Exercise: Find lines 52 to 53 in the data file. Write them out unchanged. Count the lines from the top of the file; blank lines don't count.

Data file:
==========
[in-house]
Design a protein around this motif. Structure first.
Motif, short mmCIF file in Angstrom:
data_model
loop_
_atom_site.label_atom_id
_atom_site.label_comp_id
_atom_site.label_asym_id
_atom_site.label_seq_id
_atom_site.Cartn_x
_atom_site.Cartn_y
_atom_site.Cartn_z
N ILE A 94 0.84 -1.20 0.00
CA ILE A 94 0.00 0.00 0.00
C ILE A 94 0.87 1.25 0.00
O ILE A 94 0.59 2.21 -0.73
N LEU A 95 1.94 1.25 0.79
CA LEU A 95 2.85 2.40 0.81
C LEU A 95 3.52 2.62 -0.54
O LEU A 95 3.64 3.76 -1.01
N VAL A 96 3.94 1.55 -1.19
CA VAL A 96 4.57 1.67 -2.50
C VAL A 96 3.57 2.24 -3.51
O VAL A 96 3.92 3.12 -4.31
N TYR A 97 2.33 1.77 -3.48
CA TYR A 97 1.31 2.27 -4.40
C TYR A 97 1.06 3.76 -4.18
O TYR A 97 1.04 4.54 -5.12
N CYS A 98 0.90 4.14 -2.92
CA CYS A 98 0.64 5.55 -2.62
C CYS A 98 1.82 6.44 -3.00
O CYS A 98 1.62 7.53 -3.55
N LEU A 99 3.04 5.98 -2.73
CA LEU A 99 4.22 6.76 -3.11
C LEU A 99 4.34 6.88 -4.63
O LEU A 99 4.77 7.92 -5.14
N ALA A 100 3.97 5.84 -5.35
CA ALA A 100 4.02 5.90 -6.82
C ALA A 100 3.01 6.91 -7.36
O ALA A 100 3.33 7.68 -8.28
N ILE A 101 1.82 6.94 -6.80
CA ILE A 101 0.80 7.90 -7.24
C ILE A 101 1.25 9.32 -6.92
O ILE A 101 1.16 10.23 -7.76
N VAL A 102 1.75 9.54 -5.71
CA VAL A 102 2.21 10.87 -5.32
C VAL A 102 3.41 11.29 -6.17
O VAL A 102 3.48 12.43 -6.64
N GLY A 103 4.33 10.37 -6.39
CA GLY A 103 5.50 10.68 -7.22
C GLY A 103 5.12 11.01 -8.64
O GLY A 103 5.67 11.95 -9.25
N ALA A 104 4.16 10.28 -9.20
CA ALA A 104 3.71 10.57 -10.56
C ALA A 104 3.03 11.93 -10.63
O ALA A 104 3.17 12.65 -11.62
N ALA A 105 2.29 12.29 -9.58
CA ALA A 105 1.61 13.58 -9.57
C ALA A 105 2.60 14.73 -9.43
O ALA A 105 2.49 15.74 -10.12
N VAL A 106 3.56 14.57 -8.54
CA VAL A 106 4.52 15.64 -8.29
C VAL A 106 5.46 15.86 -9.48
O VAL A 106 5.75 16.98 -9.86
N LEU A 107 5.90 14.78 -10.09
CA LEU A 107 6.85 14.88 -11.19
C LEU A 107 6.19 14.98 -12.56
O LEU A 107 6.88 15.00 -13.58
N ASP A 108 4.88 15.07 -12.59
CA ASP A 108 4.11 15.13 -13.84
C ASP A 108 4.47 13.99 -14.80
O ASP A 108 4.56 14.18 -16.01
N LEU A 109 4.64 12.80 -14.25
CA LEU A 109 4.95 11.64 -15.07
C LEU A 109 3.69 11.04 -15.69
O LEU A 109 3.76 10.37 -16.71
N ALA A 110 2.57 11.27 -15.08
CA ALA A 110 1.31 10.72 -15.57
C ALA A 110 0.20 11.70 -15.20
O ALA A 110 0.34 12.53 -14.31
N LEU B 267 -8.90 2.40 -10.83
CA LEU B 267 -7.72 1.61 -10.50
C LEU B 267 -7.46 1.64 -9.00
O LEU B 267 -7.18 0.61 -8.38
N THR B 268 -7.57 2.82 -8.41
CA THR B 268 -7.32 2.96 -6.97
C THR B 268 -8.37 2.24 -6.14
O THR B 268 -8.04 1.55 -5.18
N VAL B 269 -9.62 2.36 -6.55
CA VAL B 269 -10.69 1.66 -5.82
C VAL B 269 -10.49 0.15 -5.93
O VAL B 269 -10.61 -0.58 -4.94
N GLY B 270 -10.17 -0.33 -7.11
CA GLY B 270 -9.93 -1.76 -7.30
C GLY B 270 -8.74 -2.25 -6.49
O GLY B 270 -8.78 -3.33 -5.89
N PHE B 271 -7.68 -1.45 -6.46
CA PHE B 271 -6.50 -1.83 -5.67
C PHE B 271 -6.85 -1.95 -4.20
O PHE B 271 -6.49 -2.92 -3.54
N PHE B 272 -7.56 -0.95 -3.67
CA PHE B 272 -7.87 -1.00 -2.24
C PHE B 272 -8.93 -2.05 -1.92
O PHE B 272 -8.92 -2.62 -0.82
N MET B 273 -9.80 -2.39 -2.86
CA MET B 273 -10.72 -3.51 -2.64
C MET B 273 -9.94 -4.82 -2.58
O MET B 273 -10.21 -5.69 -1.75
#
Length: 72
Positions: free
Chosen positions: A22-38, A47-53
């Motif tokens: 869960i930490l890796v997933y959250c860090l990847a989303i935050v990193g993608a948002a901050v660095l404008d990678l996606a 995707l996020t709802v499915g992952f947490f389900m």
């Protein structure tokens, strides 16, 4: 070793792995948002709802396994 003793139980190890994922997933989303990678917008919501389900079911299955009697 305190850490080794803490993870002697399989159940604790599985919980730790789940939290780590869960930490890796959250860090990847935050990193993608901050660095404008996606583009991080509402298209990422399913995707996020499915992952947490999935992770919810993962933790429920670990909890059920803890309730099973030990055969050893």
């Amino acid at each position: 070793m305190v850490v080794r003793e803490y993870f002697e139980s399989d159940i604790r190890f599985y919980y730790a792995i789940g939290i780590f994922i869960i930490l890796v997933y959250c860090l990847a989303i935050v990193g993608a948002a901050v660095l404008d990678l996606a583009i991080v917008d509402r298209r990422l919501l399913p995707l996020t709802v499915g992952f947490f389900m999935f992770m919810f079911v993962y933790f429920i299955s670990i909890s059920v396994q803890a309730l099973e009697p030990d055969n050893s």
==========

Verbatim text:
O GLY A 103 5.67 11.95 -9.25
N ALA A 104 4.16 10.28 -9.20